Wednesday, September 28, 2011

Robert Frost

The other night a lone goose went over in the middle of the night.

There is nothing surprising in this. The geese have been gathering this week. But I sat and listened in bed as he went over calling and calling as he looked for other geese to respond so he could flock with them. Geese and ducks can and do fly in the dark but it still seems a daunting experience. It would be so easy to run into something hard. In any case, it seemed a sad, plaintive thing as it went over.

We have no idea whether geese can feel the sorts of emotions I projected onto this one that night. In any case, it got me thinking of Robert Frost and I pulled down his collected poems the next day, opened it in the middle and started reading.

I love Frost but haven't read him in a couple of years. I read a lot of him the year my mother died.

That's the thing about Frost, he writes about themes that are meaningful to most North Americans. He, William Carlos Williams and Edna St. Vincent Millay and were probably the last poets taken seriously in the academic world to do so. You could bring their poetry to Thanksgiving dinner and reasonably expect every one present from grandparent to grandchild to respond and have something interesting to say in response. Try that with Eliot, Pound or Wallace Stevens and you'll just get blank looks (except maybe for Eliot's cat poems).

For that reason, a lot of people are hesitant to call Frost Williams and Millay modern. Modern literature has tended to be an elitist project.

It also has tended to be urban and Frost writes about life in the countryside: picking blueberries, stacking firewood, noticing that one brook in a watershed runs west while all the others run east. These are the sorts of experiences a kid in the country or a kid who lives in a suburb that ends at the woods might have.

And yet he has to be modern if the word is to mean anything because he writes about these things in ways that modern people not only understand but appreciate.

What really endeared him to me this time was that I found a really bad poem. I was reading through the poems in the bathroom (making my revelation like Luther's), when I hit this real dud. It's called "the Peaceful Shepherd".

I don't mean that it is a poem that doesn't quite come off or that it's okay but not really up to Frost's standards. No, I mean the poem is an absolute piece of crap that Frost never should have published. It's a sophomoric bit of pseudo-profundity and poorly expressed at that. Even the beats, who specialized in this sort of garbage, would, while not having anything more profound to say, have managed to say it better.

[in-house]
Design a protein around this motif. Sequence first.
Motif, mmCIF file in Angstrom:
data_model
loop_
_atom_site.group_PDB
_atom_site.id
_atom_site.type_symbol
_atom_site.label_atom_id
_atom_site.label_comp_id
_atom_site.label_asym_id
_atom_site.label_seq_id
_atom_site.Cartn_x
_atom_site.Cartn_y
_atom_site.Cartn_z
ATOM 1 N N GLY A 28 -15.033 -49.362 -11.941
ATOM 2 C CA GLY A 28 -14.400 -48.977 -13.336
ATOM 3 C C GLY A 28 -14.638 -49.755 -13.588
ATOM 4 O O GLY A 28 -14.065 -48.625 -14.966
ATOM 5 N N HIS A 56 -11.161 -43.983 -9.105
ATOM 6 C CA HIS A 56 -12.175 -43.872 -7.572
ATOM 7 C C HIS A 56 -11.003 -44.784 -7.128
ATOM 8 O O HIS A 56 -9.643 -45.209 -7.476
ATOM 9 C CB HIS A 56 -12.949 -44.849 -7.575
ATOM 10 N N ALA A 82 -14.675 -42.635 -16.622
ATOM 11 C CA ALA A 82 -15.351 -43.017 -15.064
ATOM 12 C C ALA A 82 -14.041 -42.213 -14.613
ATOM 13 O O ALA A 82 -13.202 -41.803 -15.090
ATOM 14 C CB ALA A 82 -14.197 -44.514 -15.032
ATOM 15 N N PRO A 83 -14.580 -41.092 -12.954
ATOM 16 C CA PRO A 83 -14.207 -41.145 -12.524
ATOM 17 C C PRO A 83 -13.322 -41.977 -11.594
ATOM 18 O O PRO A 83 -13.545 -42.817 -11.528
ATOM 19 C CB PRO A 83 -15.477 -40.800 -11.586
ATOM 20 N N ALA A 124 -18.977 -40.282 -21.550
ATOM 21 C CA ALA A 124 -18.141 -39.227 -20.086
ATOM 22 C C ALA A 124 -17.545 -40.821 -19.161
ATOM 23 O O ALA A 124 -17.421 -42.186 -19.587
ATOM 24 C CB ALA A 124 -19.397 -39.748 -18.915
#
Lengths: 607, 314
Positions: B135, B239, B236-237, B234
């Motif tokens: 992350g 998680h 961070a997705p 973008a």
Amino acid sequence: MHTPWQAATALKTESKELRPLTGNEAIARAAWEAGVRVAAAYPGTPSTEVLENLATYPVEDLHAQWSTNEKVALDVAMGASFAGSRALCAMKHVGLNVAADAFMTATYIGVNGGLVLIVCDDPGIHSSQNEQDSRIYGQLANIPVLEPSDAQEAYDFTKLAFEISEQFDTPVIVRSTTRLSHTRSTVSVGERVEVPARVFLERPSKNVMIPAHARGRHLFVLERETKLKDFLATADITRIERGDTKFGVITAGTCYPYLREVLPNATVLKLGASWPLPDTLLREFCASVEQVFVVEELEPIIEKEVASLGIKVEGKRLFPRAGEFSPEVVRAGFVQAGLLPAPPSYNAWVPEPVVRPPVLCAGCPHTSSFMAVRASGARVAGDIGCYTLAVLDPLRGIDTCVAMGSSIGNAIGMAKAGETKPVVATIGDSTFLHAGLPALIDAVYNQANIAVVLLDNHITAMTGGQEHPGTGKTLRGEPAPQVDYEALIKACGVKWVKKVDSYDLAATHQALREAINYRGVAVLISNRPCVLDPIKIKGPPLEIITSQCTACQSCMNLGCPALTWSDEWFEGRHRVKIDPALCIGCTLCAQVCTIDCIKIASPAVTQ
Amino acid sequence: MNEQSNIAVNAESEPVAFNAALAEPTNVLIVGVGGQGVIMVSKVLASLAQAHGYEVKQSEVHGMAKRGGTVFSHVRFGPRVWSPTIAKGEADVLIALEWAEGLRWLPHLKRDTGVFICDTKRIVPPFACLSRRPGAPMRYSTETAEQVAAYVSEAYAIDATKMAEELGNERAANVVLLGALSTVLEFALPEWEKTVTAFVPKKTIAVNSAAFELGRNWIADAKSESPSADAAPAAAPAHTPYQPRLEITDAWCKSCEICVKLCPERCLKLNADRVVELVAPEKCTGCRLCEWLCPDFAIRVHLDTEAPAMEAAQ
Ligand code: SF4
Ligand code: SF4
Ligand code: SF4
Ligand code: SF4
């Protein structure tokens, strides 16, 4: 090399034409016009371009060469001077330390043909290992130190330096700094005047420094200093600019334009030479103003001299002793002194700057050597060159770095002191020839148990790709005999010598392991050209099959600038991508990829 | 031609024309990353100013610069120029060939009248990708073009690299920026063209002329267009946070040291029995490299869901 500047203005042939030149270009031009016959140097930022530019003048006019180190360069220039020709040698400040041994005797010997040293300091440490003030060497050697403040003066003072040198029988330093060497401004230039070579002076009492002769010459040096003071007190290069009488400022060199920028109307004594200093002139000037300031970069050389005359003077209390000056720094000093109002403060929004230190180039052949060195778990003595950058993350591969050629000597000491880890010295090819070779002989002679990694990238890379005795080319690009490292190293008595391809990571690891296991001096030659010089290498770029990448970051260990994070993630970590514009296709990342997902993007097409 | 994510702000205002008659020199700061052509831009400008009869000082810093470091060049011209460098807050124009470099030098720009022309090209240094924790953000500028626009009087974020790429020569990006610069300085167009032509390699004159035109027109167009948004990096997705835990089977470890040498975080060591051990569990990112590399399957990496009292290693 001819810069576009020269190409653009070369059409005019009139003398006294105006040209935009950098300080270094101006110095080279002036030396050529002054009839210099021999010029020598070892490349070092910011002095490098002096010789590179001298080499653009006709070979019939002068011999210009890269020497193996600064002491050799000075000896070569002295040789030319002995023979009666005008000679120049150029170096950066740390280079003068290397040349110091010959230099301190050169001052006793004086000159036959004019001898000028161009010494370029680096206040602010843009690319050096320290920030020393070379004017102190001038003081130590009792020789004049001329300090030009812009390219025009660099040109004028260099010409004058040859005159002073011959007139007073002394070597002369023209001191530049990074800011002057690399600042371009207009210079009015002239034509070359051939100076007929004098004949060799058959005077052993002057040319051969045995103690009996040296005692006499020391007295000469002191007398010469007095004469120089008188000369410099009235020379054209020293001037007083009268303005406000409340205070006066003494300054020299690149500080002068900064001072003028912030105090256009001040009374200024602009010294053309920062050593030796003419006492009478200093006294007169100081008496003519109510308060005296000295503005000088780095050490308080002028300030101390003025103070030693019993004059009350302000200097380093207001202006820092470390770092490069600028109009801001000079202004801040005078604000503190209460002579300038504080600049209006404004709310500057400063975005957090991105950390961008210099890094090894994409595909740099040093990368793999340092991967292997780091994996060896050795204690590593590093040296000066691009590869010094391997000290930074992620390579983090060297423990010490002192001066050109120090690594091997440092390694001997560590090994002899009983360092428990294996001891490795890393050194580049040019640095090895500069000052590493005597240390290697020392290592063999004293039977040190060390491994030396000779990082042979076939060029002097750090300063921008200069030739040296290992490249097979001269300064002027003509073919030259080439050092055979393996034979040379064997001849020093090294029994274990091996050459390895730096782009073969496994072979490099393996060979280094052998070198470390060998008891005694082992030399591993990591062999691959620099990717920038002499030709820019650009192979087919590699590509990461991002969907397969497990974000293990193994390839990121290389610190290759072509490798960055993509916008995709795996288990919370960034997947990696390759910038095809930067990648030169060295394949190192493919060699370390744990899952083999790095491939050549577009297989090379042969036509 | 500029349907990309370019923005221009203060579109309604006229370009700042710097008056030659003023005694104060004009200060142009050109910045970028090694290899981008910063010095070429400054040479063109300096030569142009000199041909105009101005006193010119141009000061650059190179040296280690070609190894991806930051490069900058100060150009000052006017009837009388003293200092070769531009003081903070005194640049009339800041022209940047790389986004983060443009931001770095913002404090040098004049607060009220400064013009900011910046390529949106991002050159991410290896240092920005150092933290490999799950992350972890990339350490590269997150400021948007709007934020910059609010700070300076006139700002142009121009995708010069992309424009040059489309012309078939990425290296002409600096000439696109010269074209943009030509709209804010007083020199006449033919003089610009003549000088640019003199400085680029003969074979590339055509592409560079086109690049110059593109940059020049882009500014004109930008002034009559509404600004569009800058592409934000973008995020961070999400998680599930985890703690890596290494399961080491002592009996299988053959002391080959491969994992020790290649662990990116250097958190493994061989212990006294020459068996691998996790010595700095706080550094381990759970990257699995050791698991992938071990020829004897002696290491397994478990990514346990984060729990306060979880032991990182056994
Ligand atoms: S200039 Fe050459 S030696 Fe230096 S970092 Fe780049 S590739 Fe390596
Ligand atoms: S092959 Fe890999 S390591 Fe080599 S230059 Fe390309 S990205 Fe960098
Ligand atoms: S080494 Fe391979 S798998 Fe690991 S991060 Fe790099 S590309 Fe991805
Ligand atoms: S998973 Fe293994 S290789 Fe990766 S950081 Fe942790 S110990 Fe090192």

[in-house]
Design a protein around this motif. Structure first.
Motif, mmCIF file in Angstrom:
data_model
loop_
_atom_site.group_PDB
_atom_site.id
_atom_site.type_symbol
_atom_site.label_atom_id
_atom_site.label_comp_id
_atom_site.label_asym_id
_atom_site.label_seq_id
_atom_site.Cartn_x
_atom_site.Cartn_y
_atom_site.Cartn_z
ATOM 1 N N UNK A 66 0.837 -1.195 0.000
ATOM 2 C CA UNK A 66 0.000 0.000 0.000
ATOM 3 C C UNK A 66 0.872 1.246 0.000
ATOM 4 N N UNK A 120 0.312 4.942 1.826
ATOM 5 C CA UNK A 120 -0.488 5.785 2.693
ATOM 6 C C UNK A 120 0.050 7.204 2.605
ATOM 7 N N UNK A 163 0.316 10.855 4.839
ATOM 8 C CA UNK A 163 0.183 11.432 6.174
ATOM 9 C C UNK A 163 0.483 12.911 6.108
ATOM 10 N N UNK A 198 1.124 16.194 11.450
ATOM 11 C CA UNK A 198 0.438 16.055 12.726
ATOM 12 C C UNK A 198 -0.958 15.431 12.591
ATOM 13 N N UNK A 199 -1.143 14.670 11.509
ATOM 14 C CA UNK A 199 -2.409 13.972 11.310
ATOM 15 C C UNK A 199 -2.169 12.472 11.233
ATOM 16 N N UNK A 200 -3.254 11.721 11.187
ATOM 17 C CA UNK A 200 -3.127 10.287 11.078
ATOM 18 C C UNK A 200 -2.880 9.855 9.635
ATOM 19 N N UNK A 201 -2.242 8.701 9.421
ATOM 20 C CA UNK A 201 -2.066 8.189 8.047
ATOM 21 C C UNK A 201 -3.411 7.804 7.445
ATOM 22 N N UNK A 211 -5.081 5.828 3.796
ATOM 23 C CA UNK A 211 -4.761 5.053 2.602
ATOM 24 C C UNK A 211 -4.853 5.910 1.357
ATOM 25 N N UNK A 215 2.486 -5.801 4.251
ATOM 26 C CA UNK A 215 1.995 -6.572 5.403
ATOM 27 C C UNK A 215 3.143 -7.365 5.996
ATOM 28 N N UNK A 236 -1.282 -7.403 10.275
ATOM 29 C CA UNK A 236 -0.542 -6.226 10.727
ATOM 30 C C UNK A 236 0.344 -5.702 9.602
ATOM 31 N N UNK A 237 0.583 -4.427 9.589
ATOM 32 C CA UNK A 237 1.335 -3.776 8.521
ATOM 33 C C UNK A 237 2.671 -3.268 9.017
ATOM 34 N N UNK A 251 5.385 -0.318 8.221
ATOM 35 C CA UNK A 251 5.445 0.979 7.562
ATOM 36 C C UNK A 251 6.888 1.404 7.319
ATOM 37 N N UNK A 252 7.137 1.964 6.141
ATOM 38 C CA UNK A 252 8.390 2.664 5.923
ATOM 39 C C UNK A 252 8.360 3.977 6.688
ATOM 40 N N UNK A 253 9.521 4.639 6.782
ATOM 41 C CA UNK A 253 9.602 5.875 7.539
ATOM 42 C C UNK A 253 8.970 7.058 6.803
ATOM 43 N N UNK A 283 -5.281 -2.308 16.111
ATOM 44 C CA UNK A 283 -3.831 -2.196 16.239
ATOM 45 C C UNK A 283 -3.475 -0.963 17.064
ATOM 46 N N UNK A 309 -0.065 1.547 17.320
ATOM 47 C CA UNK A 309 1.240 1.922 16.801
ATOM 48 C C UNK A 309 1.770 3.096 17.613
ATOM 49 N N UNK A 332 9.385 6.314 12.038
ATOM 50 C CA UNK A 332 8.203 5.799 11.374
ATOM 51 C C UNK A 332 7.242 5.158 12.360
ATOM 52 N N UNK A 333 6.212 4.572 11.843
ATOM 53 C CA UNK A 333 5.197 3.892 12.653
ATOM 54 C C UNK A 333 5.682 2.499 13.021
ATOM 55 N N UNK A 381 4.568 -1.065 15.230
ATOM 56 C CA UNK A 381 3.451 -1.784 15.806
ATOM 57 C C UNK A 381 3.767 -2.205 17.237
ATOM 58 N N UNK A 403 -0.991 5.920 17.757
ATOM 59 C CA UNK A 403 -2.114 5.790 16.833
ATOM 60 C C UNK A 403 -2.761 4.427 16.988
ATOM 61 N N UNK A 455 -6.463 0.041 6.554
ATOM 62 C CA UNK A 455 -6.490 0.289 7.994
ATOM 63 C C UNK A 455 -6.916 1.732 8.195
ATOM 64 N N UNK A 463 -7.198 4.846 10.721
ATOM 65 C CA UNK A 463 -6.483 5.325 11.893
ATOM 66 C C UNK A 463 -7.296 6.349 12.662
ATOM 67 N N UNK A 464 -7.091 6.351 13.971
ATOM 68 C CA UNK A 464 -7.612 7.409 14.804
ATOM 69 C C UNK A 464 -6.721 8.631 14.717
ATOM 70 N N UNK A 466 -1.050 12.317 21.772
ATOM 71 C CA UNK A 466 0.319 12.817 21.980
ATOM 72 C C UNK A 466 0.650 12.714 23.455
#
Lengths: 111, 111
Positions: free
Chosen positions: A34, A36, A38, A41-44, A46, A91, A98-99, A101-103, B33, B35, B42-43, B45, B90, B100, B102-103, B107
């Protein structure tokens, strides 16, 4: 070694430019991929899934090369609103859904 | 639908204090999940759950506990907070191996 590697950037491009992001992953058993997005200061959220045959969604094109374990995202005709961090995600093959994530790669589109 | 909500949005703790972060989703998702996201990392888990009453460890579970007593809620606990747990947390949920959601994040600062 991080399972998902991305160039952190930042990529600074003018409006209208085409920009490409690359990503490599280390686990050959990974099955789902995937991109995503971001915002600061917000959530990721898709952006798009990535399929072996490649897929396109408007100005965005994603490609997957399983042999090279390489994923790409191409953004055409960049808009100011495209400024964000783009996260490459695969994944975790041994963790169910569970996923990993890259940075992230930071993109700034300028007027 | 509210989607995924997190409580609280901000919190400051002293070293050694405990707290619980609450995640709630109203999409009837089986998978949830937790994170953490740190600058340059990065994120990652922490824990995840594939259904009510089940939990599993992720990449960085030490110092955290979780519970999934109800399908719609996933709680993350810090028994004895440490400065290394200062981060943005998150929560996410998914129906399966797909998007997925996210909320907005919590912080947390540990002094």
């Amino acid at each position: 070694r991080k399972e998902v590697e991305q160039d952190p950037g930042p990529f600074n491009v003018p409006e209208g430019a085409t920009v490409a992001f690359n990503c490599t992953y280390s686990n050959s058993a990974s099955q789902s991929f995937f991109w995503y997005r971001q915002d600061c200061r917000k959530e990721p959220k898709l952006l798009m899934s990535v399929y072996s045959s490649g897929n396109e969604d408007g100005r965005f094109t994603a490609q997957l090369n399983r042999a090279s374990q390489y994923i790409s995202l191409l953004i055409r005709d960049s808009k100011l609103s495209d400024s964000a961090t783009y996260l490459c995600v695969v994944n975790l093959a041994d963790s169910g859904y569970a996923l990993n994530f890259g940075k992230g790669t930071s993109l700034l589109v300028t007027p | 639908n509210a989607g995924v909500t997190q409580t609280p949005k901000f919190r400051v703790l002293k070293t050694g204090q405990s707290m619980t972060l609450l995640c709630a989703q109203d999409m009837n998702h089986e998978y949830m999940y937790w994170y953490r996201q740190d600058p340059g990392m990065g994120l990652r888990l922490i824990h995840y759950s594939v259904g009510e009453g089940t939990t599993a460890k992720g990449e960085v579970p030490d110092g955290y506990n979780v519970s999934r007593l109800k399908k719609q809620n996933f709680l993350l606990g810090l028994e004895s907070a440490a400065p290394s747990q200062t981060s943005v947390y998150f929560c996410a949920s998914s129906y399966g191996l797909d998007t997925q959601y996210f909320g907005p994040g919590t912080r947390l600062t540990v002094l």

It put me off for several days.

And then I started reading again. It hit me that it was stupid to think there would not be poems like this in any poet's œuvre, even the really good ones. It brought Frost closer, made him more human.

And then, just a page or two past the bad poem, I tripped over a hidden gem.

The thing about poems like "The Peaceful Shepherd" is that they get taught a lot because, trite as it may be, it gives professors an excuse to try to indoctrinate students with their own moral views. The hidden gem is a poem I've never seen anyone ever teach and it's called "The Lovely Shall Be Choosers".

Anyone who grew up in the Northeast last century will immediately spot the allusion in the title. My Grandmother used to say it all the time: beggars can't be choosers. The obvious point being that if you have to ask for something, you'll take what you are given and be happy with it. The deeper implication was always that no one can be a chooser because everyone is dependent on others. It's a warning against something like hubris but with a slight protestant Christian twist (and I think that is really important to this poem). But the lovely will think they can be choosers won't they?
 She would refuse love safe with wealth and honor!
The lovely shall be choosers, shall they?
Then let them choose!
Those words are spoken by "The Voice". And we think we know this story, she will get her comeuppance. From here on in it ought to be like one of those awful Booth Tarkington novels. But it isn't. The poem tells us she will gain wisdom and the poem talks about "seven joys" that will give her wisdom.

Wisdom, of course, is always a mixed blessing and, like all the really good Frost poems (and unlike "The Peaceful Shepherd") "The Lovely Shall be Choosers" does not permit simple moral conclusions.

But seven joys! What a fascinating thing for Frost to settle on. Even with his protestant upbringing, he has to have known what that would recall.

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